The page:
Adrian Hamilton: Walking out on Ahmadinejad was just plain childish

What are we trying to say? That any mention of Israel is now barred?

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Isn't it time western diplomats just grew up and stopped these infantile games over President Mahmoud Ahmadinejad? All that this play-acting over boycotting of conferences because of his presence and walking out because of his words achieves is to flatter his ego, boost his poll ratings at home and play into the hands of an Israel that is desperate to prove Iran the gravest threat to its existence.

True, Iran's President is not the world's most endearing character. Some of the things he says are certainly contentious. But he is far from the most offensive leader on the block at the moment. With Silvio Berlusconi sounding off about women and sex, and Nicolas Sarkozy sounding off about everything from the quality of his fellow leaders to the unsuitability of Muslims to join the civilised nations, and a Polish president, Lech Kaczynski, giving his views on gays, Europe could claim its fair share of premiers who should not be allowed out in public.

Read Ahmadinejad's address at the UN conference on racism in Geneva this week and there is little to surprise and a certain amount to be agreed with. His accusations against the imperial powers for what they did with colonial rule and the business of slavery is pretty much part of the school curriculum now. His anger at the way the economic crisis originated in the West but has hit worst the innocent of the developing world would find a ready echo (and did) among most of the delegates.

It was not for this, however, that the countries of Europe and North America gathered up their skirts and walked out of Ahmadinejad's peroration. The UK's ambassador to the UN in Geneva, Peter Gooderham, rather gave the game away when he said afterwards: "As soon as President Ahmadinejad started talking about Israel, that was the cue for us to walk out. We agreed in advance that if there was any such rhetoric there would be no tolerance for it." The Iranian leader, he went on to say, was guilty of anti-Semitisim.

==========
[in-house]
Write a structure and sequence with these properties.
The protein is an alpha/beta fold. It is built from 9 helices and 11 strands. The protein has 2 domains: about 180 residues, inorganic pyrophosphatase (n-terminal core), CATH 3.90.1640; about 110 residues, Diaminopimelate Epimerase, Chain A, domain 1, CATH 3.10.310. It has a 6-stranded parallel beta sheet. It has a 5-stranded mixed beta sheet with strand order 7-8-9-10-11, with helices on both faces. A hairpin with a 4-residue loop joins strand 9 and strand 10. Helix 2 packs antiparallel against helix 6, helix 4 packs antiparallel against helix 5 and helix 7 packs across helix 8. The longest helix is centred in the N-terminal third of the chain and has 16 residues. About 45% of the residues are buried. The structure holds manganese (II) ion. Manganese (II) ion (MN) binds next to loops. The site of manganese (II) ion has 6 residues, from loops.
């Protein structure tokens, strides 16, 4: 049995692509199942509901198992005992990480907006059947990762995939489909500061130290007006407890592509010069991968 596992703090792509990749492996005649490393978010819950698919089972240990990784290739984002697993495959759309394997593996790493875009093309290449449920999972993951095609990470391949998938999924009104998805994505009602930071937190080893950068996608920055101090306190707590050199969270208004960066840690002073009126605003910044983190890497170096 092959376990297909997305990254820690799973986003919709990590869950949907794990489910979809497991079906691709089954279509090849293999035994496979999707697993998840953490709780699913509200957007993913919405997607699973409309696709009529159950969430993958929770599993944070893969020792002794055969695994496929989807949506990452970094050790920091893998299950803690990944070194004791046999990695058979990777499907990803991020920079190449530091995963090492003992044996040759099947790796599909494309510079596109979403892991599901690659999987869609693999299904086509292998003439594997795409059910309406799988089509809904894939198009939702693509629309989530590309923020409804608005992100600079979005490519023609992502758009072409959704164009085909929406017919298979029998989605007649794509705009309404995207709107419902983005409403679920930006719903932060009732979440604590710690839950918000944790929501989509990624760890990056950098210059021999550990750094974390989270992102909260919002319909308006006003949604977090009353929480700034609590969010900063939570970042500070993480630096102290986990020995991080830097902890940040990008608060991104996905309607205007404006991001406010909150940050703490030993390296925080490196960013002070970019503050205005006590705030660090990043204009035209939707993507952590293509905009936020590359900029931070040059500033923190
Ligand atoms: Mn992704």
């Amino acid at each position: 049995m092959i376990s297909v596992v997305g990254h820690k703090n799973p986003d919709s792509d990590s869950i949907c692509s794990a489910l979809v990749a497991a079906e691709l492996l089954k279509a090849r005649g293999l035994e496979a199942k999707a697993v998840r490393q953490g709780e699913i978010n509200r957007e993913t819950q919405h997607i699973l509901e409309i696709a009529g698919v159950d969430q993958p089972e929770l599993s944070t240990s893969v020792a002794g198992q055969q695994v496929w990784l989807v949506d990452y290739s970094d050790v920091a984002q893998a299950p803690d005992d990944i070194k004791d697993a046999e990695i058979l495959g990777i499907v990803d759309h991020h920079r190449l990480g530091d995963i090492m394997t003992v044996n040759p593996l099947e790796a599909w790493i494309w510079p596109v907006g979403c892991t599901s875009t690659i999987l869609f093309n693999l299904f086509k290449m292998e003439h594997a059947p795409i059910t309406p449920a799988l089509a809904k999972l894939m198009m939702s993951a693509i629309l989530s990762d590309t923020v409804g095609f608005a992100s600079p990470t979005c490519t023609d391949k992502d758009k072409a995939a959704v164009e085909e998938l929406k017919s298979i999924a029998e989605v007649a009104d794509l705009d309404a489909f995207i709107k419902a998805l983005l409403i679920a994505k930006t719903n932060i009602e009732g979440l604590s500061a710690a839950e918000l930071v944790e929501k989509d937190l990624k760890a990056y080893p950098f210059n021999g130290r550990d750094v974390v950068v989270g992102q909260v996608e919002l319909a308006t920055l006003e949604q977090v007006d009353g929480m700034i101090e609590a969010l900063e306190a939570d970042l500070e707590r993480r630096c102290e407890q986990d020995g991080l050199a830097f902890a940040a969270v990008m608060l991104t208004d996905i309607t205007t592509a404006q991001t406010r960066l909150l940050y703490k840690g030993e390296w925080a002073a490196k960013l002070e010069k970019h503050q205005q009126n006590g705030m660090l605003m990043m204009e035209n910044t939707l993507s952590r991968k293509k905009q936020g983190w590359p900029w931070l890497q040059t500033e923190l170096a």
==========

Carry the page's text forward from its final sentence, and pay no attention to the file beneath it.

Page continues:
Just how you can accuse a man of anti-Semitisim when you haven't stayed to hear him talk is one of those questions which the Foreign Office no doubt trains its diplomats to explain. But what basically was our representative trying to say here? That any mention of the word Israel is barred from international discussions? That the mere mention of it is enough to have the Western governments combine to still it? In fact, Ahmadinejad's speech was not anti-Semitic, not in the strict sense of the word. Nowhere in his speech did he mention his oft-quoted suggestion that Israel be expunged from the map of the world. At no point did he mention the word "Jews", only "Zionists", and then specifically in an Israeli context. Nor did he repeat his infamous Holocaust denials, although he did reportedly refer to it slightingly as "ambiguous" in its evidence.

Instead, he launched the time-honoured Middle Eastern accusation that Israel was an alien country imposed on the local population by the West, out of its own guilt for the genocide; that it was supported by a Zionist take-over of Western politics and that it pursued racist policies towards the Palestinians. Now you may find these calls offensive or far-fetched (if there is a Zionist world conspiracy, it is making a singularly bad job of it) but it is pretty much the standard view in the Muslim world. Western support of Israel is seen as a conspiracy, and it is not just prejudice. There are now books by Western academics arguing that the pro-Israeli lobby wields an influence in the US out of all proportion to its numbers. If the Western walkout in Geneva did nothing else, it rather proved the point.

Nor is it far-fetched to charge Israel with being a racist state. As the only country in the world that defines itself and its immigrants on racial grounds, it could be regarded as fair comment. And if you doubt that this founding principle leads Israel into racist attitudes to non-Israelis, then you only have to read the comments of its new Foreign Secretary, Avigdor Lieberman, to disabuse you.

Of course, Ahamadinejad was playing to his home audience. He is a politician facing re-election at a time when his domestic economic record makes him vulnerable. Most of the educated class are fed up with his cavorting on the world stage while his country goes from wrack to ruin. And, of course, international conferences of this sort, intended to spread sweetness and light, are not the most appropriate forums for such tirades.

But on these issues he does speak for the majority not just in Iran but in the region. Deny that view a hearing and you will only increase the resentment and the sense of a Western world set up against them. Which is precisely what our oh-so-sanctimonious representatives achieved this week.

a.hamilton@independent.co.uk

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